A Majority Of Senators Backed The DREAM Act In 2010, But Republicans Blocked It Via Filibuster. A December 18, 2010, ABC News article noted that even though a majority of senators voted for the DREAM Act, the bill "failed to win the 60 votes needed to break a GOP filibuster." From ABC News:
Senate Republicans today blocked a controversial immigration measure that would have provided a conditional path to legal residency for hundreds of thousands of young, undocumented immigrants first brought to the U.S. illegally by their parents.
By a vote of 55 to 41, the bill -- the Development, Relief and Education for Alien Minors, or DREAM Act -- failed to win the 60 votes needed to break a GOP filibuster, even though the measure passed the House last week.
Supporters of the DREAM Act had said it would bring out of the shadows a fraction of the country's estimated 12 million illegal immigrants who have known only the United States as home, enhance military recruitment and give American employers access to a talented and highly-motivated pool of young workers. [ABC News, 12/18/10]
The House Had Previously Passed The DREAM Act Despite Near Unanimous Republican Opposition. As CNN reported, on December 8, 2010, the House of Representatives passed the DREAM Act "mostly on partisan lines." 160 Republicans voted against the DREAM Act and only eight Republicans voted in favor of it. [CNN, 12/8/10; House roll call vote no. 625, 12/8/10]
Chicago Tribune: "The DREAM Act Once Had Considerable Republican Support" Before "Anti-Immigrant Fever Infected The Party." An April 22 Chicago Tribune op-ed noted that when the DREAM Act "came up in 2007, it had the support of a dozen Republican senators" but "that was before anti-immigrant fever infected the party." From the Chicago Tribune:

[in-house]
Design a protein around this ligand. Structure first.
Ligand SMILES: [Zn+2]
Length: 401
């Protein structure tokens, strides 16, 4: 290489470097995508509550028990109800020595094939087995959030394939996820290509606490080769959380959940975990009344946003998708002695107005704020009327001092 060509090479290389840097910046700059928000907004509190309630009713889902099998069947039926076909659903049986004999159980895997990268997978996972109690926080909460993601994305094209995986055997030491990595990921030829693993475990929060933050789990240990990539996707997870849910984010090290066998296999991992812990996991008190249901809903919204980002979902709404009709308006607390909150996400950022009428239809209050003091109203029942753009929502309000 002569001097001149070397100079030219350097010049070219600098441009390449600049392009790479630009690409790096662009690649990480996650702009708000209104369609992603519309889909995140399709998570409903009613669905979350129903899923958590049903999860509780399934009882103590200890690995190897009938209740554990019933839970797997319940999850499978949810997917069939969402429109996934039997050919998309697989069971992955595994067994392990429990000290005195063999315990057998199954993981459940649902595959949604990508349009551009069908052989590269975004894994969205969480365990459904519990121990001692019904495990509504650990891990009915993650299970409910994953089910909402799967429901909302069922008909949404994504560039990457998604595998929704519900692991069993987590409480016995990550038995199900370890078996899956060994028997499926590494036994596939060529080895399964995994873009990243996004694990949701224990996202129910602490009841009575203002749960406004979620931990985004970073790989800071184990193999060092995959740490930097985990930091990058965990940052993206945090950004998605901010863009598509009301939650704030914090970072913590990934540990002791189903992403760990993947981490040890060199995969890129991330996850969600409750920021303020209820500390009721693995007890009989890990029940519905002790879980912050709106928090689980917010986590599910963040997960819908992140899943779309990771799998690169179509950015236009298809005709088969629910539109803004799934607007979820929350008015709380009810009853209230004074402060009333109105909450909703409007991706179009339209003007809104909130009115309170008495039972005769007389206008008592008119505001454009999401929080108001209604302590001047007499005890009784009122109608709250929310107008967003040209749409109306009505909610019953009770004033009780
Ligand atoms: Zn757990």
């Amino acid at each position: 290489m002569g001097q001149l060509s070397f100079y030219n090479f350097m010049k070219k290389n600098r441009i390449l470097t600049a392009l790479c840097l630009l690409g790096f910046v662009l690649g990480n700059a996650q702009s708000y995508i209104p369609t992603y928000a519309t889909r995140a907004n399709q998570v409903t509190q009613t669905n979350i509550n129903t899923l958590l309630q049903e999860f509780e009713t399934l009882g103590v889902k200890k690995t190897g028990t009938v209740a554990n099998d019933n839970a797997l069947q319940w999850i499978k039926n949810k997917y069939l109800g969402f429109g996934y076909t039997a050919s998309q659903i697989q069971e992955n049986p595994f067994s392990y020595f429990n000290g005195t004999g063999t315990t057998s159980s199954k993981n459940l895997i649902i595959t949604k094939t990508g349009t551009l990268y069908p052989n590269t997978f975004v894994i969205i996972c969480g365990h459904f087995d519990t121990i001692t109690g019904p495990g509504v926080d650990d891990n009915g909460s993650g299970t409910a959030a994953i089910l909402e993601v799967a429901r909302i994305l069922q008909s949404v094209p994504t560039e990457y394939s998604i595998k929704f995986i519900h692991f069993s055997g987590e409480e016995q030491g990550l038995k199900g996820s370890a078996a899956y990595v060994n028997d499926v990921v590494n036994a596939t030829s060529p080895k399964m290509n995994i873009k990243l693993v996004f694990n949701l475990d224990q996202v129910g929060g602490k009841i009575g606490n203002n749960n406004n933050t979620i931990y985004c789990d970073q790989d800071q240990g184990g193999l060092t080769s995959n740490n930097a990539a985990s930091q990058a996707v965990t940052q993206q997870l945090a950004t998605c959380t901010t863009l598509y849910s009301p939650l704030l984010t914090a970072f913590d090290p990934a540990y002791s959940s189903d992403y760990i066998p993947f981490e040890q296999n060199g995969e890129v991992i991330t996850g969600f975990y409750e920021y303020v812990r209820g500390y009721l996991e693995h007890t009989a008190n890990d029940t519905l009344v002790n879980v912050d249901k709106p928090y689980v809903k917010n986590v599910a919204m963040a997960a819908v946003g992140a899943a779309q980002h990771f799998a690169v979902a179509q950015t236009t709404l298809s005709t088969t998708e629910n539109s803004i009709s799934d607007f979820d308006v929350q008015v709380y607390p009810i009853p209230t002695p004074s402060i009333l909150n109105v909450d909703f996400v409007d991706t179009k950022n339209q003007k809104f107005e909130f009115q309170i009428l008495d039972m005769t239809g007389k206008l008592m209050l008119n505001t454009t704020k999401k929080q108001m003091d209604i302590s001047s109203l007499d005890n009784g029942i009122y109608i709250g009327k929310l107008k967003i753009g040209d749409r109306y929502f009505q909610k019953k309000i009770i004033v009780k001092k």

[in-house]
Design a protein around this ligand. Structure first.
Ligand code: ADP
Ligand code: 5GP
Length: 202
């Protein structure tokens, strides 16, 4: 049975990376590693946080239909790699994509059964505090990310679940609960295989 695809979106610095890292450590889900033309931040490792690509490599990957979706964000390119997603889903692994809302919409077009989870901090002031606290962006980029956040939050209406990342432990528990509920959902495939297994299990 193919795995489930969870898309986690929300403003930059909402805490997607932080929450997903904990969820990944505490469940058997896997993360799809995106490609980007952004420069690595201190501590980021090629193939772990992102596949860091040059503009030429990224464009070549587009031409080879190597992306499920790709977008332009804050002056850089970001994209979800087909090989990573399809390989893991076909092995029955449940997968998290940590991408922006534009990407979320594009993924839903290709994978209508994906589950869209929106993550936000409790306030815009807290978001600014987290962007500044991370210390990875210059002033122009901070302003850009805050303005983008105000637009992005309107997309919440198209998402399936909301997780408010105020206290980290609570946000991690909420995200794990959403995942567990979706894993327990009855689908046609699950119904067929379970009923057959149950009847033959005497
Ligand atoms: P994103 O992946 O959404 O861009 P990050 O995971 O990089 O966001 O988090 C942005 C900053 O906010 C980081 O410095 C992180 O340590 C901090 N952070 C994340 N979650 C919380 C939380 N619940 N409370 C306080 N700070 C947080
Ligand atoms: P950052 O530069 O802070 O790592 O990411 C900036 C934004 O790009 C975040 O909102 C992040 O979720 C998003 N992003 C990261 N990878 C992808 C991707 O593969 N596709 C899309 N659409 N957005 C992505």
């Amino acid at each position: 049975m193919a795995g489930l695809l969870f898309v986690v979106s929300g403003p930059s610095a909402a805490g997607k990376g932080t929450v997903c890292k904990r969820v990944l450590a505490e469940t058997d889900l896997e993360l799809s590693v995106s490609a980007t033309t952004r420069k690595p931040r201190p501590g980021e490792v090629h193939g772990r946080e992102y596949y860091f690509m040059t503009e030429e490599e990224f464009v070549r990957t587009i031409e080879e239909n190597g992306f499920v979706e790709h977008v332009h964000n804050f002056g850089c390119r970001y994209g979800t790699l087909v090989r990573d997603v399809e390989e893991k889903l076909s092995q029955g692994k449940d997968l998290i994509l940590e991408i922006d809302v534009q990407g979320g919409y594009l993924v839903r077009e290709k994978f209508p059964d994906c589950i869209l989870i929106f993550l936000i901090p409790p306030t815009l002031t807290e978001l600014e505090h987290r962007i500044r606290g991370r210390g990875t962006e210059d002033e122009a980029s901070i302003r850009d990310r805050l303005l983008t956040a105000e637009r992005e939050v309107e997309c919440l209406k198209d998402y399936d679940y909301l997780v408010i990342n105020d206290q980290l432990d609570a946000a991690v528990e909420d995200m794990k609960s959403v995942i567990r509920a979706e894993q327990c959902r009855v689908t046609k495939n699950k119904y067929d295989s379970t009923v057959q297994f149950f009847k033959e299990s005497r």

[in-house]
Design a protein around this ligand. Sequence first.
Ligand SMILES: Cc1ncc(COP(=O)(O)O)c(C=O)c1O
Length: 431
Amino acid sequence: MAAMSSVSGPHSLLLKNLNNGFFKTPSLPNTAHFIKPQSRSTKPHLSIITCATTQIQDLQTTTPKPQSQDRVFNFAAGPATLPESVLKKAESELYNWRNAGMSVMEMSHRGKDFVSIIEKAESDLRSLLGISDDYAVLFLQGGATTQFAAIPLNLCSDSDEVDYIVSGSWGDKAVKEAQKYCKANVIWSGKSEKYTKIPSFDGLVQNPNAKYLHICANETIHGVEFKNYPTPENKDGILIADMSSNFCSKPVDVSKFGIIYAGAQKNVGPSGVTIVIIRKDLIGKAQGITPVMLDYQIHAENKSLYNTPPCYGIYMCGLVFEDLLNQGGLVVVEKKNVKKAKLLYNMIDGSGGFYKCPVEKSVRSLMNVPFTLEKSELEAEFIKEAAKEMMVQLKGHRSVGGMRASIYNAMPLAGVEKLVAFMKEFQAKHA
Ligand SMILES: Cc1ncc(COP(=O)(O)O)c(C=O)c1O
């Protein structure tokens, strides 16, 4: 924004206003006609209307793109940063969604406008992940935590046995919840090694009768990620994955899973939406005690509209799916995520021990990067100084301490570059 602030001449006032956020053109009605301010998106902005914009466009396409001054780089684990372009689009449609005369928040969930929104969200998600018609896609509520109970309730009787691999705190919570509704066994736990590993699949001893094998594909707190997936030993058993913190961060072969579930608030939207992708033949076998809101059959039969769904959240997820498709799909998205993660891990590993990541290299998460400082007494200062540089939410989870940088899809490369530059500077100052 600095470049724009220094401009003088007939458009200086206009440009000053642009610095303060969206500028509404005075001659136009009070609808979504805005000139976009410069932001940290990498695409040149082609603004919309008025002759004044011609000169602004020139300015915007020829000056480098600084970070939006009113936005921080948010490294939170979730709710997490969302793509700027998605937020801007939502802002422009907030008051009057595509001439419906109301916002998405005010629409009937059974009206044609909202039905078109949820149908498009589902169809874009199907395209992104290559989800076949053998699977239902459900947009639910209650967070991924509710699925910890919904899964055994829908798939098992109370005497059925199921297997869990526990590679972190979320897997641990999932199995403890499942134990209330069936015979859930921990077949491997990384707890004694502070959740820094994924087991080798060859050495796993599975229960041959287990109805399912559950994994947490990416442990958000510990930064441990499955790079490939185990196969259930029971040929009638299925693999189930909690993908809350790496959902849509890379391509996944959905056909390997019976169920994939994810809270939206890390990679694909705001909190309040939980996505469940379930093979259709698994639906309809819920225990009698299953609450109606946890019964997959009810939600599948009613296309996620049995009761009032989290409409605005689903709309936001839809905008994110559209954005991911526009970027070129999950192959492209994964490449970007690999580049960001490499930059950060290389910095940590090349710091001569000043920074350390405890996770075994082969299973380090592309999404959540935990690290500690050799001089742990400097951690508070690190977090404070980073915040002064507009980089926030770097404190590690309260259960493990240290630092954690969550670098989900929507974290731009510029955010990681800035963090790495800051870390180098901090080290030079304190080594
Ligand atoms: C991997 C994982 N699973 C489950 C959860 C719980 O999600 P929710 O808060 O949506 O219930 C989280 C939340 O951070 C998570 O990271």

Time was, Republicans could appreciate how people would be so determined to enter the Promised Land that they would ignore the law. It was the GOP icon Ronald Reagan who in 1986 supported and signed an immigration bill offering absolution to nearly 3 million undocumented foreigners.
"I believe in the idea of amnesty for those who have put down roots and lived here, even though some time back they may have entered illegally," he declared unashamedly.
The Dream Act once had considerable Republican support. Robert Gates, George W. Bush's defense secretary, endorsed it. Texas Gov. Rick Perry defended it in presidential debates. Richard Lugar, the longest serving U.S. senator in Indiana history, signed on as the chief GOP sponsor. When it came up in 2007, it had the support of a dozen Republican senators.
But that was before anti-immigrant fever infected the party. Lugar is facing a primary challenge from a tea party favorite endorsed by the Americans for Legal Immigration Political Action Committee -- which has called undocumented foreigners "Nazis" who "have set up ethnic cleansing zones." So the usually steadfast Lugar dropped the bill like a hot stove. [Chicago Tribune, 4/22/12]
Boehner Claimed Passing Rubio's Proposal Would Be "Difficult At Best"
Boehner: "To Deal With A Very Difficult Issue Like This, I Think It Would Be Difficult At Best." An April 26 CBS News article reported:
House Speaker John Boehner on Thursday said "it would be difficult at best" to pass Republican Sen. Marco Rubio's version of the DREAM Act in Congress, lowering expectations for a policy proposal some have said could help the GOP make inroads with Latinos.
"There's always hope," Boehner told reporters, adding that he spoke with Rubio about the proposal and "found it of interest."
"But the problem with this issue is that we're operating in a very hostile political environment," the GOP leader said. "And to deal with a very difficult issue like this, I think it would be difficult at best." [CBS News, 4/26/12]
Schumer: Rubio "Is Likely To Find His Party Unwilling To Abandon Its Hardline, Anti-Immigration Stance." An April 26 post on Talking Points Memo reported:
"Speaker Boehner's comments show how far Sen. Rubio has to go in trying to gain Republican support for any proposal to help immigrant students," Sen. Chuck Schumer (D-NY), the No. 3 Senate Democrat, said in a statement. "Sen. Rubio should be commended for trying to advance the conversation, but he is likely to find his party unwilling to abandon its hardline, anti-immigrant stance." [Talking Points Memo, 4/26/12]